Apple jumped into the smart home world with the announcement of its HomeKit platform two years ago. But until today, it's felt like one huge piece of that platform was missing: a way to control it.
While it felt like a strange omission, Apple's decision to delay the launch of a Home app until iOS 10 is sensible — from its perspective, at least — for some pretty basic reasons. Really, they all go back to one thing: only now is HomeKit a useful platform.
For one, it took HomeKit a lot longer than expected to get off the ground. While it was announced as part of iOS 8, the first HomeKit products didn't appear until near the announcement of iOS 9. And even then, we were largely seeing power outlet after power outlet — there wasn't a lot of variety. Even as iOS 9 launched that fall, the situation wasn't much different.
It's pretty easy to imagine what would've happened to the Home app if it had launched one or two years ago: it would have been buried away in a folder on most iPhones and iPads, never to be seen again. Putting a new default app on the iPhone is even riskier this year, as Apple is now allowing stock apps to be removed for good.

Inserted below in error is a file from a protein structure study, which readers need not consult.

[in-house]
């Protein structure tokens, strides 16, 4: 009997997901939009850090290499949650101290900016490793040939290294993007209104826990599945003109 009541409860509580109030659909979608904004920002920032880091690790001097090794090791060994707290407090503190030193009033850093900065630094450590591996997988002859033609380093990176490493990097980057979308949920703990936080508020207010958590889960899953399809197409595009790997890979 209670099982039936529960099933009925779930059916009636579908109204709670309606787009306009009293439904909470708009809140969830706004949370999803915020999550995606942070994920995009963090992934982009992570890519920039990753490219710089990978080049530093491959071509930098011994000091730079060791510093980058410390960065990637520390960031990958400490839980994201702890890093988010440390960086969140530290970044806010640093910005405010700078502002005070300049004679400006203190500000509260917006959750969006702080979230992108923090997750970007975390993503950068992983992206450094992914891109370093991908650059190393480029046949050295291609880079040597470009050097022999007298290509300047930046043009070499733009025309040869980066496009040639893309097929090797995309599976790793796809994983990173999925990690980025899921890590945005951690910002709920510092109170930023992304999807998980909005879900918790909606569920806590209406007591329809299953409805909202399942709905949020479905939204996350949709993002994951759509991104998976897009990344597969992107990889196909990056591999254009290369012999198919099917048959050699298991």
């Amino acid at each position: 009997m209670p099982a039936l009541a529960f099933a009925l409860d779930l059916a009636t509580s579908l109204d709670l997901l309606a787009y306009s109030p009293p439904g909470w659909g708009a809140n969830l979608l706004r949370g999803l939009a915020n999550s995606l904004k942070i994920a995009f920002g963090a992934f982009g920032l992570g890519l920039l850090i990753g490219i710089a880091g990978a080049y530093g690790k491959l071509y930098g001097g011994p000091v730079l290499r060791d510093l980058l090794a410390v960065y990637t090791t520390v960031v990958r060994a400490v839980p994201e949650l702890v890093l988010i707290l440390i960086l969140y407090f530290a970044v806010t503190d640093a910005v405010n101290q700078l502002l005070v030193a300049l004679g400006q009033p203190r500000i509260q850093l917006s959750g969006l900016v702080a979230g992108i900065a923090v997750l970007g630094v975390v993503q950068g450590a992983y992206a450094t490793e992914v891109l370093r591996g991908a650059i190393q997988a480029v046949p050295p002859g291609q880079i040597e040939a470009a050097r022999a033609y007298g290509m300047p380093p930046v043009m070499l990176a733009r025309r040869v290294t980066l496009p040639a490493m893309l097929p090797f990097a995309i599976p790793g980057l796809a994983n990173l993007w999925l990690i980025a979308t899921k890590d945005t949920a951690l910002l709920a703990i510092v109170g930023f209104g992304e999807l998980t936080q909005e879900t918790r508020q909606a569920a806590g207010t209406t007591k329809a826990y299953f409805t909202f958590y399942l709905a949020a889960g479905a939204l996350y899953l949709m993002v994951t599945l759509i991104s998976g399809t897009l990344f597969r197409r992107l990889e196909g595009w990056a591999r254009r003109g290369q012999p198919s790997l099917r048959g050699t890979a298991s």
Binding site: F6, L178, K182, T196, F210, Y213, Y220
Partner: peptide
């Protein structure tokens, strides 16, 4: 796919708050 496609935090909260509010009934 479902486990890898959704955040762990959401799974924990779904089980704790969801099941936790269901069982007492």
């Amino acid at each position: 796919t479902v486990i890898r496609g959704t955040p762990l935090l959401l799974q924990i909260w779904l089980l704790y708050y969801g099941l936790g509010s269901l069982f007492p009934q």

But a lot has changed for HomeKit in the past year. There are now a few dozen products that work with it, and Apple says that almost 100 more are expected to come out this year. By waiting until HomeKit has at least a basic presence on the market, Apple gives its smart home platform a better shot at drawing the attention of iPhone and iPad owners.
When people finally see the Home app this fall, there'll be a wide range of products for them to actually buy, including thermostats, security cameras, smoke detectors, and — of course — numerous power outlets. There's certainly a better chance of the Home app driving some interest in HomeKit in 2016 than there would have been in 2014, when there were no HomeKit products, or 2015, when there were hardly a dozen.
The downside of this is that the situation has been confusing for HomeKit owners over the last year. Anyone who bought a HomeKit product had to find a third-party app to use it with. But not all third-party apps offered the same features; some didn’t even support all HomeKit products.
Apple's been writing off that problem as something that’s solved by the many third-party HomeKit apps available in the App Store. But there’s nothing quite as simple as knowing there’s one place to go that’ll do exactly what you want it to do.
Home seems to do that. And with its integration into Control Center, it seems likely to be the efficient smart home controller that Apple eventually needed to build into iOS. Home may be arriving a touch late. But really, HomeKit is still getting started.